The PTO is part of the Department of Commerce, and Secretary of Commerce Gary Locke appeared by videotape, apologizing that he could not be there in person for this event, which had to be rescheduled from its original date because of the huge snowstorms in Washington. Several Members of Congress also participated by videotape to acknowledge the inventors from their districts. Neal Conan, host of NPR's Talk of the Nation, was master of ceremonies.
The next five days will witness the launch of both a Soyuz and a Space Shuttle to visit the International Space Station (ISS).
Soyuz TMA-18 is scheduled for launch on Friday, April 2, at 12:04 am EDT. It will take three new crew members to the ISS: Russians Alexander Skvortsov and Mikhail Kornienko, and American Tracy Caldwell Dyson. They will join the three ISS crew members already there: Russa's Oleg Kotov, America's T.J. Creamer, and Japan's Soichi Noguchi. Soyuz is expected to dock with the ISS on April 4, the day before the Space Shuttle Discovery lifts off for its own visit to the ISS.
Discovery is set to launch at 6:31 am EDT on Monday, April 5. Its STS-131 mission is to deliver new science racks and ammonia tanks. The STS-131 crew is composed of six Americans and one Japanese: Alan Poindexter, Jim Dutton, Rick Mastracchio, Clay Anderson, Dorothy Metcalf-Lindenburger, Stephanie Wilson, and Naoko Yamazaki.
A total of 13 people will be aboard the ISS for the two-weeks the shuttle is docked. NASA points out that it will be the first time two Japanese have worked together in orbit (Noguchi and Yakazaki), and the first time four women will be aboard the ISS at the same time (Caldwell Dyson, Metcalf-Lindenburger, Wilson and Yamazaki).
To keep up on ISS comings and goings, check out NASA's ISS website.
Today's New York Times article about the luxury boom on China's Hainan island omits one very important aspect of the island's future -- its role as a space launch site for China's newest launch vehicle.
The newspaper focuses on Hainan as "a potent symbol of China's economic vitality" that is "viewed with a mix of awe, envy and disgust" by the Chinese, but nary a word is said about the launch site under construction for China's Long March 5 launch vehicle or its potential role in China's purported plans to send people to the Moon. Construction of the Hainan Space Launch Center recently began and is expected to be completed in 2013, with the first Long March 5 launch the following year. Hainan will be the southernmost of China's four launch sites, 19 degrees from the equator.
The Long March 5 is being designed to launch 25 tons into low Earth orbit, roughly equivalent to a Delta 4 heavy. Chinese media stories talk about its use for launching geostationary satellites, space stations, large satellites, and deep space probes. If China wanted to send people to the Moon as many in the West speculate, it is the most likely launch vehicle to support such a goal.
Hainan is a big island -- about the size of Belgium according to the New York Times. As Mr. Yin Liming of China Great Wall Industry Corp. said at the CSIS Global Space Development Summit last November, the Long March 5 is touted as being "non-toxic and pollution free," so the golfers and yachters should have nothing to worry about.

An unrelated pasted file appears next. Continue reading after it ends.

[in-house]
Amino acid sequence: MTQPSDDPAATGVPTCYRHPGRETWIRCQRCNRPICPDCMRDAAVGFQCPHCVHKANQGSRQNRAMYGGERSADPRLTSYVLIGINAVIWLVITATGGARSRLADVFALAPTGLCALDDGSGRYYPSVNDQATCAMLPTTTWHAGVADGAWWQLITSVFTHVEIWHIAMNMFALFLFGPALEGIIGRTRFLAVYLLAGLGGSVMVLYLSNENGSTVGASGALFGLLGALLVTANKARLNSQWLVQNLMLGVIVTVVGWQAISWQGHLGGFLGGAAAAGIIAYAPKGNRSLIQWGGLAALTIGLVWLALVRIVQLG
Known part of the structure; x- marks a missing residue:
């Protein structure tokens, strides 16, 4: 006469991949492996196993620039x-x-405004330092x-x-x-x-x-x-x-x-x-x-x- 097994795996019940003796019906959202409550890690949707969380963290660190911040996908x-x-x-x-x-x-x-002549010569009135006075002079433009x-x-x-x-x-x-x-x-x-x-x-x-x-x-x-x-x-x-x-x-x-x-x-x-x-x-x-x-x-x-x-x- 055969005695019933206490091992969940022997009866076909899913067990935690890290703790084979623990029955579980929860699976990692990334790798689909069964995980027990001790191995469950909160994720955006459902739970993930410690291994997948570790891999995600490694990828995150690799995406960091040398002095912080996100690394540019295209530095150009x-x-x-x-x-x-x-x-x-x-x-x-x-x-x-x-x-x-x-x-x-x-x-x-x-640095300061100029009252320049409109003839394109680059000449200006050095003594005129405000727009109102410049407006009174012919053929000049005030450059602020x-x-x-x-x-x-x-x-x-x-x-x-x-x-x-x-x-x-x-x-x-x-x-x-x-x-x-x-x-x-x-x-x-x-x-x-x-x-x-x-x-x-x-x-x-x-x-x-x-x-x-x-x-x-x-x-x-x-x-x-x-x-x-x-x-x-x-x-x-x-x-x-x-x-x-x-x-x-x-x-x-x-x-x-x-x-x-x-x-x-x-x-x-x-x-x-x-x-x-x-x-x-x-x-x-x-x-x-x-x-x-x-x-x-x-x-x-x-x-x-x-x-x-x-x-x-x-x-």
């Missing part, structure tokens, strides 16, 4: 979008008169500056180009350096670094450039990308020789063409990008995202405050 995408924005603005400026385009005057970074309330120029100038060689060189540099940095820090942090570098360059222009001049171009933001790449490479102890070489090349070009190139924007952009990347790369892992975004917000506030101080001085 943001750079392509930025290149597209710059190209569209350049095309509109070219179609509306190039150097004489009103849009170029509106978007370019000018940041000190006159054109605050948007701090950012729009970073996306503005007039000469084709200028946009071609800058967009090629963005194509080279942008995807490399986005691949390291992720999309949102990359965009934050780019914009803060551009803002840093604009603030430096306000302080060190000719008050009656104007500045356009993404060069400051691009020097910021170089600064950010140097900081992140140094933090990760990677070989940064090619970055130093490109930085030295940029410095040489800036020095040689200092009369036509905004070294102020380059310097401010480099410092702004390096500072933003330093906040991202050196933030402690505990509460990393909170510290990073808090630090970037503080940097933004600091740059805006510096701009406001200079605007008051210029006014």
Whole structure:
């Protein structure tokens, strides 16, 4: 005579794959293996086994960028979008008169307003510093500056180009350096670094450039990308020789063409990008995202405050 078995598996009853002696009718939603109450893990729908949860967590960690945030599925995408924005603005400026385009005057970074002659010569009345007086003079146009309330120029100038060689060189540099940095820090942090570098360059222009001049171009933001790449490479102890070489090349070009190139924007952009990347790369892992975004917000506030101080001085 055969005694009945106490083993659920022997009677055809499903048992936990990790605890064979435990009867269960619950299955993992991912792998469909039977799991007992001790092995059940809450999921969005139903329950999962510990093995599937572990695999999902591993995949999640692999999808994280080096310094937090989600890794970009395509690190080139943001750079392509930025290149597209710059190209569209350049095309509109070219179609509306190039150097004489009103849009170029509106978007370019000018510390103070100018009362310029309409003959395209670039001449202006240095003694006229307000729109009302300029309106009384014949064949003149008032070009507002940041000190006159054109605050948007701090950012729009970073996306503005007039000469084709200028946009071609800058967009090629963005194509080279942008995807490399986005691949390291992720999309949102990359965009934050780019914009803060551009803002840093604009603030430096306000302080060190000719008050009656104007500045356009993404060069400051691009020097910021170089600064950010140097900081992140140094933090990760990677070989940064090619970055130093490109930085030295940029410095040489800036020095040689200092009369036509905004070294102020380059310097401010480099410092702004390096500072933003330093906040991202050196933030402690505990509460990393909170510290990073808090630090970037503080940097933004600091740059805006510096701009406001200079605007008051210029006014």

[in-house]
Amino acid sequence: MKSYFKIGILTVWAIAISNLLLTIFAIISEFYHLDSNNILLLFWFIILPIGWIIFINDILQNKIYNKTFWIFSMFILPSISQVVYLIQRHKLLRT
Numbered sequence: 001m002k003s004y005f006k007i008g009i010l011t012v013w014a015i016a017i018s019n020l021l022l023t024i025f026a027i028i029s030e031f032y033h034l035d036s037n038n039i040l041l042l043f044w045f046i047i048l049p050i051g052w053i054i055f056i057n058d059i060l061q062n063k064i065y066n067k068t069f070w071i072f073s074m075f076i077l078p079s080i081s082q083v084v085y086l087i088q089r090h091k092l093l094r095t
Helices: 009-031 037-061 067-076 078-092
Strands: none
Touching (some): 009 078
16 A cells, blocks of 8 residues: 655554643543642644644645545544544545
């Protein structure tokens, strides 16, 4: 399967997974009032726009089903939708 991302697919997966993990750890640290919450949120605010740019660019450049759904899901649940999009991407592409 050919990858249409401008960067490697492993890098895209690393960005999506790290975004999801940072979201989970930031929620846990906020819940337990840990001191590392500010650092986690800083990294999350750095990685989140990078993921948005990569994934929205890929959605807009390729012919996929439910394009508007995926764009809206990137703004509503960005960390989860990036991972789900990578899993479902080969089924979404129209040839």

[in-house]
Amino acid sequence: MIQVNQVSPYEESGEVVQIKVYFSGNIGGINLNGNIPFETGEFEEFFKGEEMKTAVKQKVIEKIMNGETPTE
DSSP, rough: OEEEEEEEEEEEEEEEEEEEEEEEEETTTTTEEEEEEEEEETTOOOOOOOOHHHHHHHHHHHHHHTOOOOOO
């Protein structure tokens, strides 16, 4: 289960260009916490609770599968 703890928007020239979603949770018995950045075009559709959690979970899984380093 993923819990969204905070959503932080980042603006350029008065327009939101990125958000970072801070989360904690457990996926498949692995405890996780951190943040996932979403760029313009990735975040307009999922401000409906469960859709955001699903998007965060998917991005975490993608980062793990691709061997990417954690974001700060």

Joel Achenbach at the Washington Post has an interesting article this morning about the view of the new Obama plan for human space flight from the Kennedy Space Center perspective.
A SpacePolicyOnline.com summary of the March 24, 2010 hearing on NASA's exploration plans by the Space and Aeronautics subcommittee of the House Science and Technology Committee is now available. Find it under "Our Hearing Summaries" on the left menu or just click here.
Events of Interest
- Rescheduled GEOINT 2013 Conference, April 14-17, 2014, Tampa, FL
- NOAA Science Advisory Board, April 15-16, 2014, Sheraton Silver Spring, Silver Spring, MD
- NASA Advisory Council, April 16-17, 2014, NASA HQ, Washington, DC
- NASA Media Telecon re Space Technology, April 16, 2014, 12:00 noon ET, virtual
- WSBR Luncheon Featuring Pam Grayson, MTN Government, April 17, 2014, University Club, Washington, DC, 11:30 am - 1:30 pm ET
- AIAA National Capital Section Luncheon Featuring NASA CFO Beth Robinson, April 17, 2014, SAIC, 400 Virginia Ave. S.W., Ste 800, Washington, DC, 11:30 am - 1:30 pm ET
- NASA Applied Sciences Advisory Committee, April 17, 2014, place not specified, 1:00-4:00 pm (time zone not specified)
- Human Settlement in Space: Bases in Near Space (Marshall Institute), April 17, 2014, 2325 Rayburn House Office Building, 1:00-2:30 pm ET
- NEW NASA Media Teleconference on New Discovery from Kepler Space Telescope, April 17, 2014, 2:00 pm ET, virtual
- Rescheduled SpaceX CRS-3 Launch, April 18, 2014, Cape Canaveral, FL, 3:25 pm ET
- First Contact: Improbable Dream or Worst Nightmare? panel discussion at AwesomeCon, April 19, 2014, Washington Convention Center, 10:15-11:15 am ET
- Dystopian Science Fiction in Popular Culture at AwesomeCon, April 19, 2014, Washington Convention Center, 11:15-12:15 pm ET
- What is "Science Fiction" at AwesomeCon, April 19, 2014, Washington Convention Center, 1:30-2:30 pm ET
- Science Fiction As Inspiration for Space Careers panel discussion at AwesomeCon, April 19, 2014, Washington Convention Center, 2:45-4:00 pm ET
- SpaceX CRS-3 arrival at ISS, April 20, 2014, grapple 7:14 am ET (time is approximate)
Full calendar of future events (with filters)-click here »